Character set and Character encoding

🗓️ March 20, 2020 • ⌛ 1 min read

Machines understand 0s and 1s. Character sets are created to convert characters between machine code and human-readable symbols. For example, the character a will be encoded based on the character set when it is stored in memory. And when the character is displayed, a decoder is used to convert the content in the memory into a human-readable symbol.

ASCII is one of the character set which represents a character in 7bit. Since it uses 7 bits, there can be 2^7, 128 characters represented in ASCII. ASCII contains only English alphabets

So with ASCII, character a will be stored in its binary representation of 01100001 which is 97 in decimal which is the character code of a in ASCII.

Unicode was created to have a universal code for almost all characters across all languages in the world and some commonly used symbols. Unicode uses 1 to 6 bytes. To encode and decode Unicode characters, different techniques were used like UTF-8, UTF-16, UTF-32, etc.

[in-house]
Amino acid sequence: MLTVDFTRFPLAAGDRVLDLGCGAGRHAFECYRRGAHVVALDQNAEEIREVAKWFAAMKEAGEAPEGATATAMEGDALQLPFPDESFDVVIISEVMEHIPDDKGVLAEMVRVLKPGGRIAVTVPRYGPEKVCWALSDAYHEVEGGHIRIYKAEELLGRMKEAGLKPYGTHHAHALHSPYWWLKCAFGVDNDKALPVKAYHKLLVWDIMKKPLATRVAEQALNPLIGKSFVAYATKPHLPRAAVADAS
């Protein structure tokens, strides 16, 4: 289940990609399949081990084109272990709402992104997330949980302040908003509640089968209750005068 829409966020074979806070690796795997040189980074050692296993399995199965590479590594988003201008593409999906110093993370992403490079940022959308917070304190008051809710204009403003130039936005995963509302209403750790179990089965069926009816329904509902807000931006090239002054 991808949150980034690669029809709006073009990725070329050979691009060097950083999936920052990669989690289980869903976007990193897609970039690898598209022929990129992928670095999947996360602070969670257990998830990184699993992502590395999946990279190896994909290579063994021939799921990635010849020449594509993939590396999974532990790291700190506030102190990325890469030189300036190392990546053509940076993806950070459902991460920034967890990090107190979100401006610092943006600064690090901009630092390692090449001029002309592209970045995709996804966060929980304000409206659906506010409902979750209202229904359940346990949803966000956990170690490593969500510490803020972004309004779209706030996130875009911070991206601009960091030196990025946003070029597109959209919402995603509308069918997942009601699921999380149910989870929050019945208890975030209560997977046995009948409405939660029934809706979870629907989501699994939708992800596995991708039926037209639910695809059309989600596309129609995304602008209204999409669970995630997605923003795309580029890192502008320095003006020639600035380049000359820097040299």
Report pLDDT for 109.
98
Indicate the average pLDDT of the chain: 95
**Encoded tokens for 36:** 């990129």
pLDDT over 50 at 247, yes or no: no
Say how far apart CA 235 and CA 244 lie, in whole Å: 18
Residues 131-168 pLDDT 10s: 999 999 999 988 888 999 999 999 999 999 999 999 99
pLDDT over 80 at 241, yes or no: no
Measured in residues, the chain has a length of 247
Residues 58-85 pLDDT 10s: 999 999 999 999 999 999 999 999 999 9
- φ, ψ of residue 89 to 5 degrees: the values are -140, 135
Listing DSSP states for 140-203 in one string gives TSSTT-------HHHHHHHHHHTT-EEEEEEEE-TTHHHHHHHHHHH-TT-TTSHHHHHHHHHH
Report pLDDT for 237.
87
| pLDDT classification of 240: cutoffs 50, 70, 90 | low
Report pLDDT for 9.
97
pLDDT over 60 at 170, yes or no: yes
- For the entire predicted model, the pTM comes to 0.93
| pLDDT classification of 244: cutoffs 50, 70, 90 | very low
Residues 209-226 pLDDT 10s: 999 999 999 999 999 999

• In UTF-8 each character is encoded into 1 to 4 bytes ( the dominant encoding )
  • In UTF16 each character is encoded into 1 to two 16-bit words and
  • in UTF-32 every character is encoded as a single 32-bit word.

The central enemy of reliability is complexity